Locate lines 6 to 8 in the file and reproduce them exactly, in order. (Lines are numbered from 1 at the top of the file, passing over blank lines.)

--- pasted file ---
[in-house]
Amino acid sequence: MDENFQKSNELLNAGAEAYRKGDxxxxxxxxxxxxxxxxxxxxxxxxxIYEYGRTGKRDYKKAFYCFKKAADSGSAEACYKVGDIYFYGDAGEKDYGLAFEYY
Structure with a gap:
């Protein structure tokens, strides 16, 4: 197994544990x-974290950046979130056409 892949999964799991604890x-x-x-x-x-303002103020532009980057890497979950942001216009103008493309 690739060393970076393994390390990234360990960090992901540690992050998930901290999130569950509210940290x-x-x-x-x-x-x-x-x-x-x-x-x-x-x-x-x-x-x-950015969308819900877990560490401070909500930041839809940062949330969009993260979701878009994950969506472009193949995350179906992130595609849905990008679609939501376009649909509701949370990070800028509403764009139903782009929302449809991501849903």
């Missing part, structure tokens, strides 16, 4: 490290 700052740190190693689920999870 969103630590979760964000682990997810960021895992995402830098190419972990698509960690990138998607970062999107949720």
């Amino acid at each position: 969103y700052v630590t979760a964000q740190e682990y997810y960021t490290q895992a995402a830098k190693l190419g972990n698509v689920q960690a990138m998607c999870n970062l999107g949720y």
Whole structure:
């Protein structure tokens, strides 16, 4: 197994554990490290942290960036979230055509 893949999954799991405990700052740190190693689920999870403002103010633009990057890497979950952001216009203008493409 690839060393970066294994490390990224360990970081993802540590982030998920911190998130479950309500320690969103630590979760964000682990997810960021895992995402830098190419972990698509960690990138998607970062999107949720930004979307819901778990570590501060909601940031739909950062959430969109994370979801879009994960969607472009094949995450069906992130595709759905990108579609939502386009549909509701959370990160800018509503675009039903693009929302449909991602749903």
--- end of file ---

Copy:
């Amino acid at each position: 969103y700052v630590t979760a964000q740190e682990y997810y960021t490290q895992a995402a830098k190693l190419g972990n698509v689920q960690a990138m998607c999870n970062l999107g949720y």
Whole structure:
């Protein structure tokens, strides 16, 4: 197994554990490290942290960036979230055509 893949999954799991405990700052740190190693689920999870403002103010633009990057890497979950952001216009203008493409 690839060393970066294994490390990224360990970081993802540590982030998920911190998130479950309500320690969103630590979760964000682990997810960021895992995402830098190419972990698509960690990138998607970062999107949720930004979307819901778990570590501060909601940031739909950062959430969109994370979801879009994960969607472009094949995450069906992130595709759905990108579609939502386009549909509701959370990160800018509503675009039903693009929302449909991602749903």